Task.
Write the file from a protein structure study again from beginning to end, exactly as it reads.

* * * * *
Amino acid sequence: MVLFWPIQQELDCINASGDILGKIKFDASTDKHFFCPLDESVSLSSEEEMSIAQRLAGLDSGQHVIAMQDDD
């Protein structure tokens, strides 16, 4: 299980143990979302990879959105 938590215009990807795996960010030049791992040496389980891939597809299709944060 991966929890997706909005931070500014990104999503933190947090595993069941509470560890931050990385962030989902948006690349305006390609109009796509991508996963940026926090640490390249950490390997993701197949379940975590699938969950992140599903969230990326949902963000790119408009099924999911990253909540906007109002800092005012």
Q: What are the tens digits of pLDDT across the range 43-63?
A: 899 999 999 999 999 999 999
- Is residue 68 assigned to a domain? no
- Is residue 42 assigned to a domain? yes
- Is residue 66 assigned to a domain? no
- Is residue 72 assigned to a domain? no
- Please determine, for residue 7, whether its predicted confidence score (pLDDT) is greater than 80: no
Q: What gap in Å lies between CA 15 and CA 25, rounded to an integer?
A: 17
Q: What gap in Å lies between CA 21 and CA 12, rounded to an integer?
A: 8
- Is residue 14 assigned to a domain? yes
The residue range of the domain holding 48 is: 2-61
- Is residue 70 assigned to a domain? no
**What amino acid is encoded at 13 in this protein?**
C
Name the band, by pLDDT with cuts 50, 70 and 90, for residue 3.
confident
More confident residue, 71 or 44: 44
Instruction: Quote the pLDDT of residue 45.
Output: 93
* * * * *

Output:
Amino acid sequence: MVLFWPIQQELDCINASGDILGKIKFDASTDKHFFCPLDESVSLSSEEEMSIAQRLAGLDSGQHVIAMQDDD
């Protein structure tokens, strides 16, 4: 299980143990979302990879959105 938590215009990807795996960010030049791992040496389980891939597809299709944060 991966929890997706909005931070500014990104999503933190947090595993069941509470560890931050990385962030989902948006690349305006390609109009796509991508996963940026926090640490390249950490390997993701197949379940975590699938969950992140599903969230990326949902963000790119408009099924999911990253909540906007109002800092005012």
Q: What are the tens digits of pLDDT across the range 43-63?
A: 899 999 999 999 999 999 999
- Is residue 68 assigned to a domain? no
- Is residue 42 assigned to a domain? yes
- Is residue 66 assigned to a domain? no
- Is residue 72 assigned to a domain? no
- Please determine, for residue 7, whether its predicted confidence score (pLDDT) is greater than 80: no
Q: What gap in Å lies between CA 15 and CA 25, rounded to an integer?
A: 17
Q: What gap in Å lies between CA 21 and CA 12, rounded to an integer?
A: 8
- Is residue 14 assigned to a domain? yes
The residue range of the domain holding 48 is: 2-61
- Is residue 70 assigned to a domain? no
**What amino acid is encoded at 13 in this protein?**
C
Name the band, by pLDDT with cuts 50, 70 and 90, for residue 3.
confident
More confident residue, 71 or 44: 44
Instruction: Quote the pLDDT of residue 45.
Output: 93